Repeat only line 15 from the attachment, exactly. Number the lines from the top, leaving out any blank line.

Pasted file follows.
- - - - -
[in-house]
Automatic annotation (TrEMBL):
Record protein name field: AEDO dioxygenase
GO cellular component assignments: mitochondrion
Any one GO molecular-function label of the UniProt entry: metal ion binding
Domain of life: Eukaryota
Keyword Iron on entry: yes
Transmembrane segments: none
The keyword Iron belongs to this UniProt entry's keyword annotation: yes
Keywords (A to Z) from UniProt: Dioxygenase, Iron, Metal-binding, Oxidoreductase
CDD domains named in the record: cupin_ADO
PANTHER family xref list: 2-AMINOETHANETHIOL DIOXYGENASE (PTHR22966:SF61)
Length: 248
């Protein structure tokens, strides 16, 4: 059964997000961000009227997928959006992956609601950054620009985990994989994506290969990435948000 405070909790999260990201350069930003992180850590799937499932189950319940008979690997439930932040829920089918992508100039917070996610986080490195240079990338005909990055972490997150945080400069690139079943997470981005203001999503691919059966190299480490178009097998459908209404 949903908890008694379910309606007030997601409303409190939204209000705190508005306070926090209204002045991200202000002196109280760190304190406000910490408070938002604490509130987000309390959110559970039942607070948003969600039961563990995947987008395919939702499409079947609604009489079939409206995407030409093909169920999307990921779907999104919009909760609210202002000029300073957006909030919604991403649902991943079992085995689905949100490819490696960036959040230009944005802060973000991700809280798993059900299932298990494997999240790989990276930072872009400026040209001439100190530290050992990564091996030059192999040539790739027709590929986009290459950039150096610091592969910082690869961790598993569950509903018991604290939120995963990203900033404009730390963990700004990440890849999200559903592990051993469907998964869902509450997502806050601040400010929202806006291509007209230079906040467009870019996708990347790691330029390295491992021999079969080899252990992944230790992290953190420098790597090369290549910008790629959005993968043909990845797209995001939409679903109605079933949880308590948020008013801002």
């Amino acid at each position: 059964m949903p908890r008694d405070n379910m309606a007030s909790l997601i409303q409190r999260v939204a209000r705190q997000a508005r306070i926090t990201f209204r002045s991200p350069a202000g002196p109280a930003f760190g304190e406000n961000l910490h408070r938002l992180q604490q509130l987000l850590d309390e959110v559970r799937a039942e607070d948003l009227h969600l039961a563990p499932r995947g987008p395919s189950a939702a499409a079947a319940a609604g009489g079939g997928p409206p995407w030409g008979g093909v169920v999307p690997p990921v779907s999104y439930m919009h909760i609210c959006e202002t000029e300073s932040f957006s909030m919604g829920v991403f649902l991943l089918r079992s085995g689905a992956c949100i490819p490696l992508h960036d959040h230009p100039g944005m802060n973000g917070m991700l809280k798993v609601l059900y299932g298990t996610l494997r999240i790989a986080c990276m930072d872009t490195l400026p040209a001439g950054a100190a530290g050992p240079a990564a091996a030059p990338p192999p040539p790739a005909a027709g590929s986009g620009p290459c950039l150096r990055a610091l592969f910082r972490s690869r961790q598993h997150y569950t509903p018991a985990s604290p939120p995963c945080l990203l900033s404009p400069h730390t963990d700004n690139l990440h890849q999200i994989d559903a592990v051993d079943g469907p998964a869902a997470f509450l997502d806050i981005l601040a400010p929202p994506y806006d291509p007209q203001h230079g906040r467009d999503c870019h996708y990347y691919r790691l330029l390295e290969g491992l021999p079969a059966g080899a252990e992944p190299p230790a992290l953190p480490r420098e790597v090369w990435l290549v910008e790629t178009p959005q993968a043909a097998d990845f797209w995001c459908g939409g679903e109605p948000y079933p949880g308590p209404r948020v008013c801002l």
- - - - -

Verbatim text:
């Amino acid at each position: 059964m949903p908890r008694d405070n379910m309606a007030s909790l997601i409303q409190r999260v939204a209000r705190q997000a508005r306070i926090t990201f209204r002045s991200p350069a202000g002196p109280a930003f760190g304190e406000n961000l910490h408070r938002l992180q604490q509130l987000l850590d309390e959110v559970r799937a039942e607070d948003l009227h969600l039961a563990p499932r995947g987008p395919s189950a939702a499409a079947a319940a609604g009489g079939g997928p409206p995407w030409g008979g093909v169920v999307p690997p990921v779907s999104y439930m919009h909760i609210c959006e202002t000029e300073s932040f957006s909030m919604g829920v991403f649902l991943l089918r079992s085995g689905a992956c949100i490819p490696l992508h960036d959040h230009p100039g944005m802060n973000g917070m991700l809280k798993v609601l059900y299932g298990t996610l494997r999240i790989a986080c990276m930072d872009t490195l400026p040209a001439g950054a100190a530290g050992p240079a990564a091996a030059p990338p192999p040539p790739a005909a027709g590929s986009g620009p290459c950039l150096r990055a610091l592969f910082r972490s690869r961790q598993h997150y569950t509903p018991a985990s604290p939120p995963c945080l990203l900033s404009p400069h730390t963990d700004n690139l990440h890849q999200i994989d559903a592990v051993d079943g469907p998964a869902a997470f509450l997502d806050i981005l601040a400010p929202p994506y806006d291509p007209q203001h230079g906040r467009d999503c870019h996708y990347y691919r790691l330029l390295e290969g491992l021999p079969a059966g080899a252990e992944p190299p230790a992290l953190p480490r420098e790597v090369w990435l290549v910008e790629t178009p959005q993968a043909a097998d990845f797209w995001c459908g939409g679903e109605p948000y079933p949880g308590p209404r948020v008013c801002l």